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Civil servants ‘must retain impartiality’

Government plans for civil service reform must not undermine impartiality, a new report from the House of Lords Constitution Committee warns.

The Accountability of Civil Servants’ was published yesterday and calls for ministers to remain constitutionally responsible for everything done in their departments.

The Cabinet Office’s Civil Service Reform Plan includes proposals such as allowing ministers to select department permanent secretaries from a shortlist and to directly appoint civil servants on fixed-term contracts, which could threaten the principle of appointments made on merit and make it more difficult for officials to give ministers honest advice.

The Committee’s report states that ministers should not seek to distance themselves from the action of civil servants or of special advisers. It recommends that select committees should have greater access to advice that civil servants give to ministers and when select committees call for specific civil servants to give evidence the Government should normally agree to the request.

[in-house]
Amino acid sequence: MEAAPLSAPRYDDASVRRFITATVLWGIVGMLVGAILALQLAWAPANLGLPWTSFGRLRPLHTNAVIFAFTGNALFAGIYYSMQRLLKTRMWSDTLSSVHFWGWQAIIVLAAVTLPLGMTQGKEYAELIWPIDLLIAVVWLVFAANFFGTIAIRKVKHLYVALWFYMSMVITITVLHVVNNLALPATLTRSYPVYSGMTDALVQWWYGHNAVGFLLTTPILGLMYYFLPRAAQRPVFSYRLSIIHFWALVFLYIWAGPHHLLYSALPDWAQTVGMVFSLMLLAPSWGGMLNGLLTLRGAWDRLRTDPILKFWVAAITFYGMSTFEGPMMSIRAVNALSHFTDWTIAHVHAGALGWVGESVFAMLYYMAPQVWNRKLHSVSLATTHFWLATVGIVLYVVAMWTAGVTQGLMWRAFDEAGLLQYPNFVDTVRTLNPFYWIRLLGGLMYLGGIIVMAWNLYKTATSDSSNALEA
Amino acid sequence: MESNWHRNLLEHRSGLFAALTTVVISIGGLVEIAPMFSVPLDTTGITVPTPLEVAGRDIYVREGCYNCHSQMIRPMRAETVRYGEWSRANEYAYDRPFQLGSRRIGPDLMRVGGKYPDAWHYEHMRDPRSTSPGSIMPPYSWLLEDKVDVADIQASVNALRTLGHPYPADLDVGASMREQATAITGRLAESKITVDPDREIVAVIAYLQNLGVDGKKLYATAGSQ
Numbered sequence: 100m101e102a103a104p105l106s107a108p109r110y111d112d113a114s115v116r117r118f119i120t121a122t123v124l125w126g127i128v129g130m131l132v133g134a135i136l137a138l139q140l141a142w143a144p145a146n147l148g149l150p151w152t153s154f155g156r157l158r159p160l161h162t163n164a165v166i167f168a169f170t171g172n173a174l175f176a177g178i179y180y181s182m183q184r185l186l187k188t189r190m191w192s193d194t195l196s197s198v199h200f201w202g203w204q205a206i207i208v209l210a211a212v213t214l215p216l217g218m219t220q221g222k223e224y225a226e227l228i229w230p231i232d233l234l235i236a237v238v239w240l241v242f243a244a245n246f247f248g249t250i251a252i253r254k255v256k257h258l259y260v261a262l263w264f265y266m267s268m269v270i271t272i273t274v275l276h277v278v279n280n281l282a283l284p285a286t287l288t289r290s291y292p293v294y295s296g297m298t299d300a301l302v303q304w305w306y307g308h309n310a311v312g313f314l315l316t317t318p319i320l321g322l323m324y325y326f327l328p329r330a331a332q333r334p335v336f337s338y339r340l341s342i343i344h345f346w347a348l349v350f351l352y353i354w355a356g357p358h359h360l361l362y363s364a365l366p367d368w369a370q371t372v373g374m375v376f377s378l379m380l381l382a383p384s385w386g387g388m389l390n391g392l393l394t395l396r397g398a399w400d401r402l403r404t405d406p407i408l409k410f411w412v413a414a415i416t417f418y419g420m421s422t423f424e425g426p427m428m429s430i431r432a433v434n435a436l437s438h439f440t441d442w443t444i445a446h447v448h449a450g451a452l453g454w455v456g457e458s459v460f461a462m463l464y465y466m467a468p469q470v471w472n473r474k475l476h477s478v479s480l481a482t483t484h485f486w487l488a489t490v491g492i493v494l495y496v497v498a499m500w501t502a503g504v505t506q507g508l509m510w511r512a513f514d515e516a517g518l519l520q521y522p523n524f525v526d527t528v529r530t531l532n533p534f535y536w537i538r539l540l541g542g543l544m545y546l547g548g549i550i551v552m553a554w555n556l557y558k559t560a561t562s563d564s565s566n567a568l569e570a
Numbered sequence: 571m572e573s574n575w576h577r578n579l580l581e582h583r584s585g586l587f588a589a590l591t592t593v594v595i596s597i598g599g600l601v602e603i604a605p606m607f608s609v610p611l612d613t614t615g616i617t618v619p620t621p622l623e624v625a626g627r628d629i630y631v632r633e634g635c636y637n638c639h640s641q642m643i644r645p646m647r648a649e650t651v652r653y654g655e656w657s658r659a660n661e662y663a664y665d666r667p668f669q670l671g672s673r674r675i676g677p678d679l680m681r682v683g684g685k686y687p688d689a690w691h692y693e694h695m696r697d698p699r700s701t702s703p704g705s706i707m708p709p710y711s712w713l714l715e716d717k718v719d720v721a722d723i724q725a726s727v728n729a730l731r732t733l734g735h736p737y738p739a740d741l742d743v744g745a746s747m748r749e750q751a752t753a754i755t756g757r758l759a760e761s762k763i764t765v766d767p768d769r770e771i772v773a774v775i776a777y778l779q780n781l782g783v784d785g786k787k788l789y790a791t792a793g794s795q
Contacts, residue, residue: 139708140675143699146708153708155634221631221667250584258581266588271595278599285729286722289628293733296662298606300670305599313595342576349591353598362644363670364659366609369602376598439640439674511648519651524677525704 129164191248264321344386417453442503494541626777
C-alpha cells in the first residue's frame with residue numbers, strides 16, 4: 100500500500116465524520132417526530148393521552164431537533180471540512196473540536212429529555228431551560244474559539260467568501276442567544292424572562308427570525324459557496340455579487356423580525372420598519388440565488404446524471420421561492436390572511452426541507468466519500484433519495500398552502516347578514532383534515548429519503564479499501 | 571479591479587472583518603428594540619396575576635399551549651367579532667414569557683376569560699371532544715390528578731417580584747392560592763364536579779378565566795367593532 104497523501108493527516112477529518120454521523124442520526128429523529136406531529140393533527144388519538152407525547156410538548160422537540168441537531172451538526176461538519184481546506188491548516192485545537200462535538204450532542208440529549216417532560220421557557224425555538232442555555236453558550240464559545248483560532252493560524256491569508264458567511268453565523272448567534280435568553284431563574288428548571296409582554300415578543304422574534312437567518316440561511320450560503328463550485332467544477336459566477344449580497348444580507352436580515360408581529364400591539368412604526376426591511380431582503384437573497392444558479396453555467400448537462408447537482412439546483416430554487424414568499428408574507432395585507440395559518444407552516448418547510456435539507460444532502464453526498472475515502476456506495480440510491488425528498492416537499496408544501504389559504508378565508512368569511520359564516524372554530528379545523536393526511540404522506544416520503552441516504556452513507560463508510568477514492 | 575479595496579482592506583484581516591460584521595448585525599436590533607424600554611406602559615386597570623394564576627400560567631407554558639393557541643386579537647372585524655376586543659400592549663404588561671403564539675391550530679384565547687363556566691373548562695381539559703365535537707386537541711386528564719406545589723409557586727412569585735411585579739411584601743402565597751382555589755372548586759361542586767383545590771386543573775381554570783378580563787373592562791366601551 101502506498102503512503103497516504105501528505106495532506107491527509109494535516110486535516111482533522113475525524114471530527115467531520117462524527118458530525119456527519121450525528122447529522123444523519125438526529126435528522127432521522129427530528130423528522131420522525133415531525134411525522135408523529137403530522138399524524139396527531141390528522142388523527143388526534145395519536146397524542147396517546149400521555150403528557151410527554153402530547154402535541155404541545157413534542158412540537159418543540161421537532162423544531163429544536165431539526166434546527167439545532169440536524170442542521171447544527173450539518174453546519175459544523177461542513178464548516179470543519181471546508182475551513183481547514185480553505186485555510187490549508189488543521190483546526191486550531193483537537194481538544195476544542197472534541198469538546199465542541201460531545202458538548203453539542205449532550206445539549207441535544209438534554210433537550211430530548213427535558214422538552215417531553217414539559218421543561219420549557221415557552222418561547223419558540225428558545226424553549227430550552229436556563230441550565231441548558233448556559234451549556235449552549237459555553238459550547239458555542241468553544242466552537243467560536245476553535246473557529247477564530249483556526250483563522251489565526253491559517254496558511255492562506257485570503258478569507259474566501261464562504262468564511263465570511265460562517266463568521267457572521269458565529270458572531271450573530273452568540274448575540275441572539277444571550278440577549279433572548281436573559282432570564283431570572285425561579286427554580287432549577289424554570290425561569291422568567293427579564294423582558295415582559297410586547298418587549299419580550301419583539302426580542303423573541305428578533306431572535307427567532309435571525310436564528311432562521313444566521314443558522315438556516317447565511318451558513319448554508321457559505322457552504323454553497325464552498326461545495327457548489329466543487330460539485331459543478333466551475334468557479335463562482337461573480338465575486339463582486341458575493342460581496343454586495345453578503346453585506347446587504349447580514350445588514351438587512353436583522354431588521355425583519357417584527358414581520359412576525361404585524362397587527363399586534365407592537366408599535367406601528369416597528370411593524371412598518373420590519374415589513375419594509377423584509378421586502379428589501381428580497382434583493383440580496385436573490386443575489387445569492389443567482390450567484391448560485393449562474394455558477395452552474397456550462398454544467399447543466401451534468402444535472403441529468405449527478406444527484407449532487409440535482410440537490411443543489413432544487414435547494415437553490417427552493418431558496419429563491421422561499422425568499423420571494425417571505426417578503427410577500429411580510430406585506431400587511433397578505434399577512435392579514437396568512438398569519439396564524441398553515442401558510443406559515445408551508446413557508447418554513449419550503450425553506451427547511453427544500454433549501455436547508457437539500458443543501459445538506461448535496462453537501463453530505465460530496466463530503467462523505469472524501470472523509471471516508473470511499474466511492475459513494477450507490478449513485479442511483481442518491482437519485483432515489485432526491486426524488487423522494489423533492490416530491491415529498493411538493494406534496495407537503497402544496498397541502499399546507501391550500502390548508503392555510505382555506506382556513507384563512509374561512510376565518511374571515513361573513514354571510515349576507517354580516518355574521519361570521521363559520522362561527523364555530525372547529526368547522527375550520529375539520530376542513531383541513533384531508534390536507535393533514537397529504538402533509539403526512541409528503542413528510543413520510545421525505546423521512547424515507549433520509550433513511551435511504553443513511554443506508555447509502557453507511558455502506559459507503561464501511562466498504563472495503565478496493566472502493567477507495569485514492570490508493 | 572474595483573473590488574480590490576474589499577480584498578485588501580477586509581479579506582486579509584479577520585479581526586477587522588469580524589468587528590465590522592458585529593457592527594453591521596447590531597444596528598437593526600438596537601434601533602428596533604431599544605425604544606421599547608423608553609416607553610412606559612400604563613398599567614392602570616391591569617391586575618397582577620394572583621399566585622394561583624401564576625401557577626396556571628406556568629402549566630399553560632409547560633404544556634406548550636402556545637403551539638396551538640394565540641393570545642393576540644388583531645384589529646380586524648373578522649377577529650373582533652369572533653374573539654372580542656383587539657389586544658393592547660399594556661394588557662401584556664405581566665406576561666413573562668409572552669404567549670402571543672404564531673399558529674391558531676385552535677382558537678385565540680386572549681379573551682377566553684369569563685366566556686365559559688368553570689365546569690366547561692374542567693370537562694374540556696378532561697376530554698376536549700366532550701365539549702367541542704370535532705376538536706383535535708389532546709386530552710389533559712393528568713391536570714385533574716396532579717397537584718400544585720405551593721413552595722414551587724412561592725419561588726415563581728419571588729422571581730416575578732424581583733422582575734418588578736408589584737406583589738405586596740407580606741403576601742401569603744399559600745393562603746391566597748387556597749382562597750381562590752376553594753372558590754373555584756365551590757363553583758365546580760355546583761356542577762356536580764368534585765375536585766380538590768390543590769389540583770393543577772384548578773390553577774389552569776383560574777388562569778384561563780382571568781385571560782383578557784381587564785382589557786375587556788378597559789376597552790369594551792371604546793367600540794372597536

Additionally, it should be normal practice for a single senior civil servant to oversee major Government projects from start to finish, to ensure better accountability of such projects.

Baroness Jay of Paddington, who chairs the committee, said: “One of the strengths of the UK civil service is its ability to serve governments of different political complexions with equal commitment. The Government must ensure that their reforms do not undermine those strengths or threaten the impartiality of the civil service. Permanent secretaries must continue to be appointed on merit and through fair and open competition, regardless of any changes to the appointment process.

“The Committee is concerned that the plan to allow ministers to make direct, fixed-term civil service appointments would limit the ability of civil servants to speak candidly to ministers. Unless safeguards are put in place it risks being used to increase the political element of the civil service through the back door, and may lead to cronyism.

“Recent developments show the importance of ministers coming to Parliament to account for all of their departmental business. The Committee concludes that this constitutional principle is essential for enabling Parliament to perform its role of holding the Government to account.”     

The report is available at:

(Image copyright Benjamin Nolan used here under a Creative Commons licence, some rights reserved.)

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